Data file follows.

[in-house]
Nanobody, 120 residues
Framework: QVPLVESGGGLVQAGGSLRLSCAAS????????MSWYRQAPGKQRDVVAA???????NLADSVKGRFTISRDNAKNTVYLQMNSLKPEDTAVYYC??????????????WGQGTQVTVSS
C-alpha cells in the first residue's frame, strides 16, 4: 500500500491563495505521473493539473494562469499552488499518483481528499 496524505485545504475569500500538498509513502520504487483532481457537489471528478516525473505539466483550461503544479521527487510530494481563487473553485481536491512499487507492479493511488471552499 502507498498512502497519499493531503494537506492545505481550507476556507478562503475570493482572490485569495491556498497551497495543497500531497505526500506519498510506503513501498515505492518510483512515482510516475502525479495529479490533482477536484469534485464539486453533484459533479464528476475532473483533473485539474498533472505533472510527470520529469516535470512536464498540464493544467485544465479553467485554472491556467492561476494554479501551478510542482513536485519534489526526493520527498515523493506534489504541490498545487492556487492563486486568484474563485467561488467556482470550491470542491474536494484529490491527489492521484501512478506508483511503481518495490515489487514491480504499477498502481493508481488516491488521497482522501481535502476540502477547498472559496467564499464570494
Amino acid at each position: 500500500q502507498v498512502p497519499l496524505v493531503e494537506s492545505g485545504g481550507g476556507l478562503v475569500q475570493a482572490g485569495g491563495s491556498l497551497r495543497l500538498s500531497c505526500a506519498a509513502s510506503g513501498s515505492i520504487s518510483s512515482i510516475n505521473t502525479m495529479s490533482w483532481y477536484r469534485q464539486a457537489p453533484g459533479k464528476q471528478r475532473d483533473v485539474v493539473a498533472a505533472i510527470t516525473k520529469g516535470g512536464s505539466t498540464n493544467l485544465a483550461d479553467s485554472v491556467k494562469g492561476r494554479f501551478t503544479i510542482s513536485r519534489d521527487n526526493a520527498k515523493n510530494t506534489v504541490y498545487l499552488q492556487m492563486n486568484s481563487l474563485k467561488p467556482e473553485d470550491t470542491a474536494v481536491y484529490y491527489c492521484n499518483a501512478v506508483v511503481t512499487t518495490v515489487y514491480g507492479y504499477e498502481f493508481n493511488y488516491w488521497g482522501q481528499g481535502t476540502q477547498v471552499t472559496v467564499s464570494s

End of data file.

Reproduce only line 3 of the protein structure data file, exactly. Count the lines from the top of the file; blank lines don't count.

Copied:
Framework: QVPLVESGGGLVQAGGSLRLSCAAS????????MSWYRQAPGKQRDVVAA???????NLADSVKGRFTISRDNAKNTVYLQMNSLKPEDTAVYYC??????????????WGQGTQVTVSS